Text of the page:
Prerequisites: Students should have had prior experience with multivariable calculus and linear algebra (at the level of 217 or beyond). Experience with combinatorics, differential geometry, and/or partial differential equations is a bonus. If students choose to specialize in computational methods, programming experience would be helpful.

Additional expectations: An end of the semester write-up (in article format) documenting the project’s findings for future reference.

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Finding real polynomials

Faculty advisor: Becca Winarski

Grad student mentors: Alex Kapiamba and Jasmine Powell

Undergraduate researchers: Tredon Austin, Allen Macaspac, Hannah Moon

[Final poster]

Project description: Take a quadratic polynomial z^2+c (where c is a complex number). Now compose z^2+c with some continuous function g(z) and call the map f. The map f is probably not a polynomial, but under certain conditions it is a “topological polynomial”: meaning there is some change of (possibly nonlinear!) coordinates under which f is a polynomial z^2+d. There are only finitely many options for d (based on the c we started with) and d depends both on c and g(z). In this project, we’ll write a program to estimate the percentage of the continuous maps (the g(z) we composed by) that lead to d being real. The answer has both topological and dynamical significance.

Early in the semester, we’ll meet regularly to learn the relevant topology, dynamics, and group theory. As the semester progresses, more time will be spent creating the program.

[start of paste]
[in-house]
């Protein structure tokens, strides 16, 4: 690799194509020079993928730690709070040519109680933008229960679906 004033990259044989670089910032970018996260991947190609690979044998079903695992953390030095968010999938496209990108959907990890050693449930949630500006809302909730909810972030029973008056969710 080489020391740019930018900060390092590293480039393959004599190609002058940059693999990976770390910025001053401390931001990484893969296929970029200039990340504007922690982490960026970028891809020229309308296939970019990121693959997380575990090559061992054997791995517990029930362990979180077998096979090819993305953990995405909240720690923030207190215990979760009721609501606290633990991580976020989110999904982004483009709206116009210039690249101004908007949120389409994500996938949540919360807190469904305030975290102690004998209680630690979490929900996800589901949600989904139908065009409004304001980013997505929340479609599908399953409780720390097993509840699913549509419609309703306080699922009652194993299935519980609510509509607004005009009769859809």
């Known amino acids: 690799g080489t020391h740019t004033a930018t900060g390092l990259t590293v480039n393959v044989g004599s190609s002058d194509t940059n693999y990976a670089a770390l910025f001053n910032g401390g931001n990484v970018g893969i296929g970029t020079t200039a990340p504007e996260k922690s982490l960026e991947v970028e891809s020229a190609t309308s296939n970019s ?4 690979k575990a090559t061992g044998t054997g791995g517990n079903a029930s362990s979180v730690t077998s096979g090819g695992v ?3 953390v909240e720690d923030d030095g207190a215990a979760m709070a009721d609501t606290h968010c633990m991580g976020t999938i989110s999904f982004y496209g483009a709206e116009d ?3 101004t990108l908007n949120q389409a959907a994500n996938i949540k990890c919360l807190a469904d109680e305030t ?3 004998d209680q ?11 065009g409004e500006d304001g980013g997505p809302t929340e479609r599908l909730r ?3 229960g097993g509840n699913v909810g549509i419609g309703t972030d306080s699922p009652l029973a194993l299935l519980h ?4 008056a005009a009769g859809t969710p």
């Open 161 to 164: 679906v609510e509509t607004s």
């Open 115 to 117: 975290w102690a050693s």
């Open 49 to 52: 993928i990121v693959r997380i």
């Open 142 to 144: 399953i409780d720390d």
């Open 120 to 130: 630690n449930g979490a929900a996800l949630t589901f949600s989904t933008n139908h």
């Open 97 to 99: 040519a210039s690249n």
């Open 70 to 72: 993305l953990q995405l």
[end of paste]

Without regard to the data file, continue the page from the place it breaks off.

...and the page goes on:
Additional expectations: Weekly journals will be expected and will eventually be used to create a writeup at the end of the semester.

Prerequisites: Math 217, programming experience – the language is flexible, but Sage (python based) or Mathematica are particularly useful.
Complex dynamics, topology, and algebra/group theory would all be helpful (in that order), but aren’t necessary.

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SET Marble-Run Computer

Faculty advisor: Martin Strauss

Grad student mentors: Lizbee Collins-Wildman and Salman Siddiqi

Undergraduate researchers: Lingcong Xu, Amanda Yao, Yi Zhou

[Final poster]

Project description: In the card game SET, cards have one, two, or three symbols, with a shape, shading, and color chosen from a collection of three values. The goal is to find tricks of three cards (called SETs) in which, for each attribute, the cards all have the same value of the attribute or have all three values.

It turns out that the number of SETs in a collection of cards can be computed fairly simply, suitable for a mechanical computation, e.g., a marble run with parts produced on a 3-d printer or similar. The final computer might take the form of a human turning a dial for each face-up card dealt (thereby moving some marble run infrastructure), then letting loose the marbles. The final count of marbles in a bin reveals the number of SETs among face up cards. The project will consider the structure of finite fields and Fourier transforms. See, for example, this paper, for the Fourier transform in this context.

Prerequisites: Students should have experience making parts with a 3-d printer or otherwise–the final construction might involve other designs, e.g., paper folding, or other mechanical or electrical system. Background in algebra is not necessary; we’ll learn as we go, but students should be ready to learn.